By Ken Reed
There are many absurdities about the fact that big-time college football and basketball are considered non-profit operations. It would take a doctoral dissertation to summarize them all.
Of course, perhaps the greatest absurdity and injustice — in a society that touts the virtues of a free market, nonetheless — is that the players that produce the product pulling in all the cash in college sports have their compensation capped at a scholarship to attend classes. That’s it.
Football and men’s basketball operations in the Big Five major conferences pull in billions of dollars a year in revenue from media contracts, ticket sales, club seats, luxury suites, concessions, merchandise sales, etc.
Yet, no matter how much college sports revenues continue to grow, college football and basketball players continue to be exploited. According to a study by the National College Players Association and the Drexel University Sport Management Department, football and men’s basketball players at top sports schools are being denied at least $6.2 billion between 2011 and 2015 under National Collegiate Athletic Association rules that prohibit them from being paid.
“America’s economic system is supposed to operate on free markets,” said UCLA quarterback Brett Hundley, an economics major. “This is a lesson on how damaging it can be when a cartel stifles a free market and, unfortunately, college athletes are the ones on the losing end. It’s not right.”
It’s not right, especially when you consider that coaches salaries continue to balloon. USA Today reports that Duke’s Mike Krzyzewski is making about $10 million a season. Meanwhile, many college athletes don’t even have the full cost of their college attendance covered.
Sports journalist Clay Travis recently asked a great question, “How many non-profit employees made almost $10 million last year?”
Ah, the absurdity of it all …
— Ken Reed, Sports Policy Director, League of Fans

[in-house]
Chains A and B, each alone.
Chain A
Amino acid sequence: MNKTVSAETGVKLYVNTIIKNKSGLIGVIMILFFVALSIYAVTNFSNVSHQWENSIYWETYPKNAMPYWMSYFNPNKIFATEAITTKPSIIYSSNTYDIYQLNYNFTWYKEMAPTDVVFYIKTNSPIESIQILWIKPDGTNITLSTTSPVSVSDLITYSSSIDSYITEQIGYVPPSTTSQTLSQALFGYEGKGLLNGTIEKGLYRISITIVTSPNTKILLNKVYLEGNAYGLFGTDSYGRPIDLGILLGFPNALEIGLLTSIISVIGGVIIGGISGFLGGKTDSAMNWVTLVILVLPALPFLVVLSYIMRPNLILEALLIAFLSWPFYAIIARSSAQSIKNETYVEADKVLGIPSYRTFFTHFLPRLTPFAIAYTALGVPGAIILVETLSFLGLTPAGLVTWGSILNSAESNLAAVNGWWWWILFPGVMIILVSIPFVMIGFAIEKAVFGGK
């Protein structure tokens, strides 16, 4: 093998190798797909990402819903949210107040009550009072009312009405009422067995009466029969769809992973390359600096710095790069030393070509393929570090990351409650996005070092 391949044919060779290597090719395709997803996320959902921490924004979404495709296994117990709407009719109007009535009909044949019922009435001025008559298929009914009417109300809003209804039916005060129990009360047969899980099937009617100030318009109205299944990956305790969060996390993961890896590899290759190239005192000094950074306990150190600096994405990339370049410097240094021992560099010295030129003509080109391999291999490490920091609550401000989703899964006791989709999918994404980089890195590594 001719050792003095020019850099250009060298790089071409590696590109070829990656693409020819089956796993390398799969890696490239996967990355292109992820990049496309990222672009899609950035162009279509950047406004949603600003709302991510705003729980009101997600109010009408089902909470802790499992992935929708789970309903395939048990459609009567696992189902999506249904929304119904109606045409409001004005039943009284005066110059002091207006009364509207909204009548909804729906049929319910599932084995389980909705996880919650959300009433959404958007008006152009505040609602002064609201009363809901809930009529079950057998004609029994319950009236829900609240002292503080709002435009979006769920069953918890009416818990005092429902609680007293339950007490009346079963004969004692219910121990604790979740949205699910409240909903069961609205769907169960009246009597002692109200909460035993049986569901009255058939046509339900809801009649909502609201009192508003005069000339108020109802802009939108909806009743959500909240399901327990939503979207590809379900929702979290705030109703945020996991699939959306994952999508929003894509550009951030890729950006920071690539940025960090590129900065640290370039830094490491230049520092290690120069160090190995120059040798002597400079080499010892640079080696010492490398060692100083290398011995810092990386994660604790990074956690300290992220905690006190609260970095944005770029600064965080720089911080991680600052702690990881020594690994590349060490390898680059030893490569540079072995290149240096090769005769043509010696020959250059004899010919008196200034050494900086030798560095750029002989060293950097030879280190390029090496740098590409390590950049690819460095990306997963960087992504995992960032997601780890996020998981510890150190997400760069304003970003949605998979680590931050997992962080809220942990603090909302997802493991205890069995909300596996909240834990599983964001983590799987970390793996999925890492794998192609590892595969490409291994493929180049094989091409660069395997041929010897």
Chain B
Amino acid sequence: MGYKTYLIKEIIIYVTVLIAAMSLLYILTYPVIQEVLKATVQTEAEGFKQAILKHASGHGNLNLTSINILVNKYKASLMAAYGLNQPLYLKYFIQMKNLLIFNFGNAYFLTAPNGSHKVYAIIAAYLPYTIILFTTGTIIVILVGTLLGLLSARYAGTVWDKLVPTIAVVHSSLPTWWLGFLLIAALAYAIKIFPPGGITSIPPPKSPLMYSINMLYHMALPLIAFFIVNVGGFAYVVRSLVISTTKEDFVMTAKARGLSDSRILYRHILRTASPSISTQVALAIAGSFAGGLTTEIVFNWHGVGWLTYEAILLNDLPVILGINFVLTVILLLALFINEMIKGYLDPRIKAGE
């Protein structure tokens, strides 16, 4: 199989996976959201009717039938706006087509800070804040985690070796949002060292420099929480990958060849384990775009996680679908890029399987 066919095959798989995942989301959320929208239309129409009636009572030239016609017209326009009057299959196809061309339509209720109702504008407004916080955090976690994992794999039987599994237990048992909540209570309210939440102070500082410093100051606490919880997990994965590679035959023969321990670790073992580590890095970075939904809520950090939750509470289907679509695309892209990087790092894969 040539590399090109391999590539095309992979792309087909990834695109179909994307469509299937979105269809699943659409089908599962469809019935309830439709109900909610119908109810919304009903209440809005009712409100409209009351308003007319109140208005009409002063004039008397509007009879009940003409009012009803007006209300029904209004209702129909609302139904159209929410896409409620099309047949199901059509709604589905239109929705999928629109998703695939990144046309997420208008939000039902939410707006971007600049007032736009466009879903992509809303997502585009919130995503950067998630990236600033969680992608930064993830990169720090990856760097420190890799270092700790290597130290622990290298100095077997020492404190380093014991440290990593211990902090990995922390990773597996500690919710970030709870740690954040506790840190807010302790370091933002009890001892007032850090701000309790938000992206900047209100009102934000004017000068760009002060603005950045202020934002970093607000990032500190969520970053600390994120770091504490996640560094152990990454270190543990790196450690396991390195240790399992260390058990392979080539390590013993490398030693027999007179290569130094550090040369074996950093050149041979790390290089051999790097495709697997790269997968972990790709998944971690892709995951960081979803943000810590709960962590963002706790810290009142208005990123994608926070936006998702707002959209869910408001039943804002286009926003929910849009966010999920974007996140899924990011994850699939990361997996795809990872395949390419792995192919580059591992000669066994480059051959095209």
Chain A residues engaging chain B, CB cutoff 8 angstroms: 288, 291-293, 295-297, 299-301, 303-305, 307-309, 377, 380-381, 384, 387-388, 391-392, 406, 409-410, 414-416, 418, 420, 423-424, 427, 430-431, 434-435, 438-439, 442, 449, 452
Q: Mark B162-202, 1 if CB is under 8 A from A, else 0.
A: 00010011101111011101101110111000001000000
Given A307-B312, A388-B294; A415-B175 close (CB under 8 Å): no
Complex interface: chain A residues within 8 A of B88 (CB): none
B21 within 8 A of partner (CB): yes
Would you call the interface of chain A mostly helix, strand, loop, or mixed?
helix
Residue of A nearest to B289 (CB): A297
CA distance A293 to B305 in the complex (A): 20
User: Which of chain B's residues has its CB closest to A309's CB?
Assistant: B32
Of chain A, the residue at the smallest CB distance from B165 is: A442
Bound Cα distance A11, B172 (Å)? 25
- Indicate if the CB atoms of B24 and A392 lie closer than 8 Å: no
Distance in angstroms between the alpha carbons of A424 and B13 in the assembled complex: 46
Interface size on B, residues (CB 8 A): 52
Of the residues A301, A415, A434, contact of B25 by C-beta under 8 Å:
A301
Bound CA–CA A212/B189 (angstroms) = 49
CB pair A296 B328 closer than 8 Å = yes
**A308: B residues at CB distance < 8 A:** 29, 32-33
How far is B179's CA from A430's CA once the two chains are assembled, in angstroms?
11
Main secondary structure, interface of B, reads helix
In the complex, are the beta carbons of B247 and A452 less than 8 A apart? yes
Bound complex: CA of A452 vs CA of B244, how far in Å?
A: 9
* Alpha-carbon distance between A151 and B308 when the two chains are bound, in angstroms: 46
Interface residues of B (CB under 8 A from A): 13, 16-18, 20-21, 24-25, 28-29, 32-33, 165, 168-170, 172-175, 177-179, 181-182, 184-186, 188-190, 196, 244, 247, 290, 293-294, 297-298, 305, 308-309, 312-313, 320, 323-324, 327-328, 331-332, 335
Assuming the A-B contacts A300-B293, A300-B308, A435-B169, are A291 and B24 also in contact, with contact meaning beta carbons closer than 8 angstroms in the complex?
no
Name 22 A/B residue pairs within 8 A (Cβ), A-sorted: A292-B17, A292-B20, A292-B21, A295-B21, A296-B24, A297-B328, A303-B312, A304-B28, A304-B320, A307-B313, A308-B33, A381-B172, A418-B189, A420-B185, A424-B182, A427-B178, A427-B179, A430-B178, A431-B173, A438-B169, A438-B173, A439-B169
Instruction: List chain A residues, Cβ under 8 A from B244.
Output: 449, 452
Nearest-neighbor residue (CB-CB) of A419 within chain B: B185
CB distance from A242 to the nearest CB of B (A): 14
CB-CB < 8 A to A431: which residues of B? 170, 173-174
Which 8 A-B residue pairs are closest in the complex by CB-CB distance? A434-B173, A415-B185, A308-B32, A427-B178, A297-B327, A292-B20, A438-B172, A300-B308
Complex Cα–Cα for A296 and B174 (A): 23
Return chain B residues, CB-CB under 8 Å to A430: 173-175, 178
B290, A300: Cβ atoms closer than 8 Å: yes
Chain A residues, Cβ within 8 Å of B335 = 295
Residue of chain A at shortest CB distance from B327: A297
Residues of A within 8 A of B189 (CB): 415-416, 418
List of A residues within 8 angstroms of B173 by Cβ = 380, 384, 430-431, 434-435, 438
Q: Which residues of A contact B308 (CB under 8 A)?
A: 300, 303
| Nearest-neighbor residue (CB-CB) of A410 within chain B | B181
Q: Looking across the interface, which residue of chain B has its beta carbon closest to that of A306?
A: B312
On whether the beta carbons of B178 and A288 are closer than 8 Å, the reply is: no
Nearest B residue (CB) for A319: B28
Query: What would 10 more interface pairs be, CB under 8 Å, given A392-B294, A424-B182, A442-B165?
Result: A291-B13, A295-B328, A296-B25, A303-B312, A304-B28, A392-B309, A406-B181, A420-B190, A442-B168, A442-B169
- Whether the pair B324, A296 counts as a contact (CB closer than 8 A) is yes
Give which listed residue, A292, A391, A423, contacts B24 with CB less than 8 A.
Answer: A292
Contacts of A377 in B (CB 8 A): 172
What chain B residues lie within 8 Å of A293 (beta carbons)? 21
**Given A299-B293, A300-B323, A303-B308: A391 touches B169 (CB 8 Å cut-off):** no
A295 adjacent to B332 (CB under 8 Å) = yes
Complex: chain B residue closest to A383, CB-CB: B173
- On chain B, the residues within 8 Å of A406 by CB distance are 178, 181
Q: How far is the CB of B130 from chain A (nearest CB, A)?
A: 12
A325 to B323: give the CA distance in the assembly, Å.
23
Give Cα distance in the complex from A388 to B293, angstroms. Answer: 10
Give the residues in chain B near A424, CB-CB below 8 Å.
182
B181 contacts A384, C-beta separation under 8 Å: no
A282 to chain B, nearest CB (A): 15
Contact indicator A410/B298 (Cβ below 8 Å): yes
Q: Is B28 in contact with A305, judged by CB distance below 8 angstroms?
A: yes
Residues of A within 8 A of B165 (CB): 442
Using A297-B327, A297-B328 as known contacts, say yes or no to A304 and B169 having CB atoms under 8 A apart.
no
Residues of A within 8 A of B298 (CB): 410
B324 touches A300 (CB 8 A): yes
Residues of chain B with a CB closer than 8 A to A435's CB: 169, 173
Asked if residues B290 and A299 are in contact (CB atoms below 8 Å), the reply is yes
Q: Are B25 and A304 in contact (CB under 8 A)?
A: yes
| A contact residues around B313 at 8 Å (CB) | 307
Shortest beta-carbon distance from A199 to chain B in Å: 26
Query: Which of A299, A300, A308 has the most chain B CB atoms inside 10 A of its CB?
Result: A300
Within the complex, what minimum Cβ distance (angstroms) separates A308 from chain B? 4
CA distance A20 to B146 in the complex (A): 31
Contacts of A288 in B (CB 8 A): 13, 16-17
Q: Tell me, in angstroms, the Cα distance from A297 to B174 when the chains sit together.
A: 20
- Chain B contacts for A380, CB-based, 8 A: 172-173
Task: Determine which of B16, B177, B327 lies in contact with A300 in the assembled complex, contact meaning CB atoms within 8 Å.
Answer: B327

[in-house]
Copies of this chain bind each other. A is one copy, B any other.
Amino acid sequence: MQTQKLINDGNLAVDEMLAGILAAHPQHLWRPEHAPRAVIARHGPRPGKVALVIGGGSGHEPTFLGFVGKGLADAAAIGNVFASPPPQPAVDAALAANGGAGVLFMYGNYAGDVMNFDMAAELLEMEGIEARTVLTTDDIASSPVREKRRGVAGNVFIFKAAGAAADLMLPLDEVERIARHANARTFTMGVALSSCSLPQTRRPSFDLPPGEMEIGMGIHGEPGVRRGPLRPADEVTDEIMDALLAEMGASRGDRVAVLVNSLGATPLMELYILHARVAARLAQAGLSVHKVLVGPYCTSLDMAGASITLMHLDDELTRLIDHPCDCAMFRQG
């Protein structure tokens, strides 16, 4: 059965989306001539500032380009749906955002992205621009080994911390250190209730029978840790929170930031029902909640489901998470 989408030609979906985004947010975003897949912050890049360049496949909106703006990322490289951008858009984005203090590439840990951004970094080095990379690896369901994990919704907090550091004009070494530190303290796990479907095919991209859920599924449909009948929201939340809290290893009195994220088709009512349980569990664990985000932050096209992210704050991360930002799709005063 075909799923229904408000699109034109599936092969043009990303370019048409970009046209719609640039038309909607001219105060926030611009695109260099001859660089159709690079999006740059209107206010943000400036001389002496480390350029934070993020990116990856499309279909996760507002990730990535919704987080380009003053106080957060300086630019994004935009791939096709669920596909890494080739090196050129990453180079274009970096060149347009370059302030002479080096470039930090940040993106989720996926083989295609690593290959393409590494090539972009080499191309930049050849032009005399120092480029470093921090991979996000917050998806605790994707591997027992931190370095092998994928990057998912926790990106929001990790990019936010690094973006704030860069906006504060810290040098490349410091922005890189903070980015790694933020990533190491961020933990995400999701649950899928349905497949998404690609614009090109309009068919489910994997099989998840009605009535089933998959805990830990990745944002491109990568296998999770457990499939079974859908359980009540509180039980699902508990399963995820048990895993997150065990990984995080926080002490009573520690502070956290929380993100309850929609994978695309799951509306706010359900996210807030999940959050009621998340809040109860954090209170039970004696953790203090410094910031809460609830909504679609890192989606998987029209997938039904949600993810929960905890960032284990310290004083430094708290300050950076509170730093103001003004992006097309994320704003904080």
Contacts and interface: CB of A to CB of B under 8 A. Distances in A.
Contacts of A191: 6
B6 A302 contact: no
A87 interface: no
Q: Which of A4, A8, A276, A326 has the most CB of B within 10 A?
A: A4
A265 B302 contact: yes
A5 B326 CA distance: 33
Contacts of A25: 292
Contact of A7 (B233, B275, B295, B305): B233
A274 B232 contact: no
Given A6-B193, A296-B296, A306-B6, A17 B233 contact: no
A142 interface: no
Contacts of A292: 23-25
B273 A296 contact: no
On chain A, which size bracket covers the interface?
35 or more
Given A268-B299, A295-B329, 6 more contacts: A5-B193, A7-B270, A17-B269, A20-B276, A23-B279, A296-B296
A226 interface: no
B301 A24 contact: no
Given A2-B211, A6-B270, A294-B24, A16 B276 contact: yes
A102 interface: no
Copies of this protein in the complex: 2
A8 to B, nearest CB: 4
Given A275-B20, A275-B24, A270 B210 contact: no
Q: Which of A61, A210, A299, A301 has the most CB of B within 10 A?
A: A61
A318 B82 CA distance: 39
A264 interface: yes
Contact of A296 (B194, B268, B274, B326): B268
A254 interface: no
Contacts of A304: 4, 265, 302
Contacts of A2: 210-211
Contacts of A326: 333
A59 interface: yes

Sports Forum Podcast
Episode #13 – League of Fans’ Sports Forum podcast: A Conversation With Long-Time MLB Exec Dan Evans About What’s Right With Baseball and What Could Be Better – Evans is a former general manager for the Los Angeles Dodgers and is currently a consultant for Go the Distance Baseball, which owns the Field of Dreams movie site. We discuss his experience at the MLB game at Field of Dreams; his thoughts on the appeal of the Field of Dreams, and baseball in general.
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Episode #12 – League of Fans’ Sports Forum podcast: A Fun Chat With Dan Gutman, Author of the Baseball Card Adventure Series for Kids
Episode #11 – League of Fans’ Sports Forum podcast: The Latest on Brain Trauma, Concussions and CTE with Dr. Chris Nowinski – Nowinski is CEO of the Concussion Legacy Foundation.
Episode #10 – League of Fans’ Sports Forum podcast: An Issues Discussion With Paul Dolan – Dolan is the Cleveland Indians Owner and CEO.
Episode #9 – League of Fans’ Sports Forum podcast: Talking Sports Issues With Ralph Nader – Nader is a consumer advocate and was named one of the “100 Most Influential Americans of the 20th Century” by Time magazine. He is the founder of League of Fans.
Episode #8 – League of Fans’ Sports Forum podcast: How Can We Save College Sports From Overcommercialization and Professionalization? – The guest is Dr. David Ridpath, a sports business professor and past president of the Drake Group
Media"How We Can Save Sports" author Ken Reed appears on Fox & Friends to explain how there's "too much adult in youth sports."
Ken Reed appears on Mornings with Gail from KFKA Radio in Colorado to discuss bad parenting in youth athletics.
“Should College Athletes Be Paid?” Ken Reed on The Morning Show from Wisconsin Public Radio
Ken Reed appears on KGNU Community Radio in Colorado (at 02:30) to discuss equality in sports and Title IX.
Ken Reed appears on the Ralph Nader Radio Hour (at 38:35) to discuss his book The Sports Reformers: Working to Make the World of Sports a Better Place, and to talk about some current sports issues.
Sports & Torts – Ken Reed, Sports Policy Director, League of Fans – at the American Museum of Tort Law
League of Fans is a sports reform project founded by Ralph Nader to fight for the higher principles of justice, fair play, equal opportunity and civil rights in sports; and to encourage safety and civic responsibility in sports industry and culture.
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